I’ve Been Thinking … There is Always Hope
I’m not a crusader, but maybe I should be. Maybe it’s my obligation. Maybe my duty and my payback as the survivor of a suicide attempt is not only to take care of myself, but also to devote my energy to eradicating a terrible, preventable scourge.
Kate Spade’s death last week brought the issue to the front pages, although her apparent suicide was only one of at least 120 that occur each day in the United States. Each day. In the time it takes to read this, it’s likely that another American will have taken his or her life. Every year, around 45,000 people (which is as many as live in Altadena, Calif., or Altoona, Pa., and more than fit in Wrigley Field) kill themselves. We can come up with dramatic analogies ad infinitum to put the number in perspective, but nothing has seemed to work in changing the way things are.
A few days after Ms. Spade’s death, fans of chef-adventurer Anthony Bourdain felt a gut punch with the news of his own death by suicide.
Suicides have increased in recent years across a wide swath of demographics. Suicide cares nothing about age, race or gender, and it is immune to the privilege of money and fame. Children kill themselves far more than they used to. So do military members and veterans. A lot of middle-aged white men like me kill themselves.
Sometimes, friends and family members knew about their loved one’s depression, bipolar disorder or other mental struggles. They’ll say they’re devastated, but not surprised. But just as often, the response is utter shock.
“I had no idea there was anything wrong,” they’ll say. “She seemed so happy.”
I was somewhere in the middle. I’d lived with depression my entire adult life but didn’t yet know about my bipolar disorder. My husband and friends had no idea what was building in my pressure cooker of a mind.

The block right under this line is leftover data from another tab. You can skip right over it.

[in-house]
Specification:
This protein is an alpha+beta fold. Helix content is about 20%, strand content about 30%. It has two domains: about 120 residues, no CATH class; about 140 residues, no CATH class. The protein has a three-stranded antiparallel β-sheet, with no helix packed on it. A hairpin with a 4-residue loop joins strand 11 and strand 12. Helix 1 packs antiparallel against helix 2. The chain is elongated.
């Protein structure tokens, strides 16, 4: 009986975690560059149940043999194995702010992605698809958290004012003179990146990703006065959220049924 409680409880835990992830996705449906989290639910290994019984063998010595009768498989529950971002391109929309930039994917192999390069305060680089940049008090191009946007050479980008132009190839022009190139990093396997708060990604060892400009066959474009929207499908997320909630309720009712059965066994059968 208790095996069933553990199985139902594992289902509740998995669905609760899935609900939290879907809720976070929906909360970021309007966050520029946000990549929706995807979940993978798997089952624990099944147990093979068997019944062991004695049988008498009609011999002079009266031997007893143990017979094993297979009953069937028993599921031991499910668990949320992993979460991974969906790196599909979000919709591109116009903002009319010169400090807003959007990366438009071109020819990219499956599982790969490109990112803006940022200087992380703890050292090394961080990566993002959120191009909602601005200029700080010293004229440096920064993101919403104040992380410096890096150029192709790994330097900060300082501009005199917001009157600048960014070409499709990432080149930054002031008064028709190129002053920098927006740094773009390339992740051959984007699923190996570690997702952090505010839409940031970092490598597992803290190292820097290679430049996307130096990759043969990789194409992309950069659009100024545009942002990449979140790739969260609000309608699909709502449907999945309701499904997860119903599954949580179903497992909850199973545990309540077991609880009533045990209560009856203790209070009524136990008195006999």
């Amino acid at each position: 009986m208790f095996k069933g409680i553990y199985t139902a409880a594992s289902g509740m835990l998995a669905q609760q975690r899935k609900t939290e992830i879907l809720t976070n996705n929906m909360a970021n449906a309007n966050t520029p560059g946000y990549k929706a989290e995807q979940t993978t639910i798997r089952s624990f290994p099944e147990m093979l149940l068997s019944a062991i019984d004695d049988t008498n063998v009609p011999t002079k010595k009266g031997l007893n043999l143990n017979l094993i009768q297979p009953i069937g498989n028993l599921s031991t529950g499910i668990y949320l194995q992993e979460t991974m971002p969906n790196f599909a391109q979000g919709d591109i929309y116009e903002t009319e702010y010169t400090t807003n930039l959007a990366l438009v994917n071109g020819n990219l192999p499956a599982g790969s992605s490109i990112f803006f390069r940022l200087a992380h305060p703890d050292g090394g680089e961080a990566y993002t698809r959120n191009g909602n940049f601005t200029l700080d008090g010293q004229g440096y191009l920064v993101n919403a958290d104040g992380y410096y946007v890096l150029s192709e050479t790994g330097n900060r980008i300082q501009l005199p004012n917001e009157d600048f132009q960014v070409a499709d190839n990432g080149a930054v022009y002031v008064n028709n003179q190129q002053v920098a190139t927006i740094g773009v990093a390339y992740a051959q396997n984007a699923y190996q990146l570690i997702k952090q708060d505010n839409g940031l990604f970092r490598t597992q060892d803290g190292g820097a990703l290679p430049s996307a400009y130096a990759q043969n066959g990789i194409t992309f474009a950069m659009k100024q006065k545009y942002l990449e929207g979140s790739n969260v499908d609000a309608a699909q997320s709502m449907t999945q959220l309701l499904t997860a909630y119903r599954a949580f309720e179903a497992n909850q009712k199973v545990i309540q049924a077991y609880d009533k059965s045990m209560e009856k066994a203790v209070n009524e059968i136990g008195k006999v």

Of all the people who died by suicide last week, is any one of those lives more important than another? Of course not. But I believe it would be wrong not to use the heightened attention to the subject — even if it’s only temporary — resulting from Kate Spade’s and Anthony Bourdain’s deaths to remind people of what I learned after I tried to kill myself.
In my second chance, which began when I awoke in the hospital the morning after I took all the pills, I’ve learned a few things. One of them applies to the first group, the people who know they feel bad and might consider suicide as a solution.
I am here to tell you one thing above all: The pain is temporary and there is help for you.
Please, please believe me. There are doctors and therapists, counselors and clergy. There are medicines that won’t turn you into a zombie. Please give yourself time to find what works for you. Give yourself the second chance.
And make a safety plan. It’s a simple form on which you write down the suicide warning signs unique to you, as well as your coping strategies. Seeing them on paper can remind you that you have coped with your struggles many times before — the proof is your very existence — which means you can do it again. Remind yourself that you have the strength.